one of the best examples of contemporary sacred architecture, realized by the famous architect Giò Ponti in 1958, where preserves of choice fruits are produced, including Grape Jam with Rum, Dog Rose, Persimmon and Chilli Pepper. On the hills above the city is the Carmelite Monastery of Monte Carmelo, where it is possible to give full rein to one’s desire to shop: from beer produced by monks, to grappa, to all types of digestive Amari and liqueurs, to specialties that include blueberries in Brachetto wine and Rosolio with wild oranges.
There are many monasteries in Central Italy. In Tuscany, along the Apennines that separate the region from Emilia Romagna, immersed in a forest of conifers, chestnuts, larches and limes, are the Sacred Hermitage and the Monastery of Camaldoli, with its ancient Pharmacy and vast production of liqueurs including the famous Laurus 48, and herb-based digestives and Amari.
There are also many herbal teas and natural remedies including Abetol, Olio alle 31 erbe [31 Herb Oil], and Balsamo [Balm]of Camaldoli. Walnut Liqueur (the famous Nocino) and beauty creams are the specialties of the Cistercian Monastery in Valserena, in the province of Pisa.
Crossing the border between Tuscany and Umbria, we come to the town of Gubbio, famous for its truffles and ceramics, which has closes tie with the story of St. Francis of Assisi: this was where the saint underwent his conversion, as well as the location of the Abbey of Camporeggiano, famous for the production of biscuits.
Further south, where Tuscany and Umbria merge with Lazio, the Cistercian Monastery of Vitorchiano, in the province of Viterbo, is set amidst a hilly landscape, filled with woods and splendid wild fruits and flowers, crisscrossed by streams that still run clear. Here, since the 1970s, Trappist nuns have devoted themselves to the artisan production of jams in 25 top quality flavors.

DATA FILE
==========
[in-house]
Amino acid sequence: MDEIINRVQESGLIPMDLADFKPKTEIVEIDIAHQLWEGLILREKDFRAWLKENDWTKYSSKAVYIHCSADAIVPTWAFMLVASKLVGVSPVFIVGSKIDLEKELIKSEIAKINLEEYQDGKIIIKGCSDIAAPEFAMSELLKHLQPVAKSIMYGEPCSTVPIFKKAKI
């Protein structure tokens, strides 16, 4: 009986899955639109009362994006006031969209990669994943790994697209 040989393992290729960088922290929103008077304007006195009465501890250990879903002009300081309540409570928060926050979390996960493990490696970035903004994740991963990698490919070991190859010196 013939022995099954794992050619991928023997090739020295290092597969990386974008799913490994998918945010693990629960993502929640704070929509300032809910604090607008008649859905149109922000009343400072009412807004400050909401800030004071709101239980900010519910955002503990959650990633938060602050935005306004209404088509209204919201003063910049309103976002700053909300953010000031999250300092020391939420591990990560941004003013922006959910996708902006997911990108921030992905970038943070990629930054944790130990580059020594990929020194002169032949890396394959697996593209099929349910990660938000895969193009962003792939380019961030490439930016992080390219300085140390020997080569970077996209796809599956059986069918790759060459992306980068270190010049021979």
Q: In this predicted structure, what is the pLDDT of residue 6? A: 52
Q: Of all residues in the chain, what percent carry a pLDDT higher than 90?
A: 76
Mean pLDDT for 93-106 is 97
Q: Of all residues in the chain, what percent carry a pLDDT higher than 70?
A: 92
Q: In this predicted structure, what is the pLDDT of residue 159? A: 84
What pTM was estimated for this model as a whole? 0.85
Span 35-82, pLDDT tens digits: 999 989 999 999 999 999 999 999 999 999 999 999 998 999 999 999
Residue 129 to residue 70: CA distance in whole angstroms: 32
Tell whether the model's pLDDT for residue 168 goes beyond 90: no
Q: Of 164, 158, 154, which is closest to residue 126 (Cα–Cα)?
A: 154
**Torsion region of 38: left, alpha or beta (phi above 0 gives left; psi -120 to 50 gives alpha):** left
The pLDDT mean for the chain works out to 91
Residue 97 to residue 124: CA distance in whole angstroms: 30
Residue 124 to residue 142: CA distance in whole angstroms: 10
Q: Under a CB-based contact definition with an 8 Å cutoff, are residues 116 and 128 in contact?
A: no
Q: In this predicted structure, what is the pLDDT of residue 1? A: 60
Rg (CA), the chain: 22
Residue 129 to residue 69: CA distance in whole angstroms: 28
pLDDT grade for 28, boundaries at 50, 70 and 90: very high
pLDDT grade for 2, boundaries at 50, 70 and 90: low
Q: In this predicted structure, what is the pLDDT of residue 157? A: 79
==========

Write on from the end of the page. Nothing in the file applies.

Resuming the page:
Further south, 20 kilometers from Rome, along the Appia Antica (the road that, in Roman times, linked Rome to Brindisi, in the southeast of Italy) there is the Cistercian Monastery of Frattocchie, famous for the production of digestive liqueurs and, in particular, Eucalittino, obtained from the maceration of eucalyptus leaves.
In the heart of Rome, in a small valley situated along the ancient Via Laurentina, there is the Abbey of the Three Fountains, one of the most important places in Christianity, where the apostle, Paul, was beheaded on 29th June 67 AD. This is the ideal place for anyone looking for a corner of peace and beauty, where it is possible to temporarily escape from the hustle and bustle of the Eternal City. The Monastery’s shop sells chocolate cream and many other delicacies produced by other monasteries.
The convents in Erice, a panoramic medieval town near Trapani, in western Sicily, were closed down in 1964, but the nuns’ centuries-old recipes are still followed religiously and their confectionery has now been taken up by the town’s workshops: the “bocconcini di mandorla”, “amaretti” and “bauletti”, iced and decorated with citron conserve, all originated in the convent. Also in Sicily, but further south, in Agrigento, the Cistercian nuns of the Monastero di Santo Spirito still prepare “amaretti” and sweet couscous.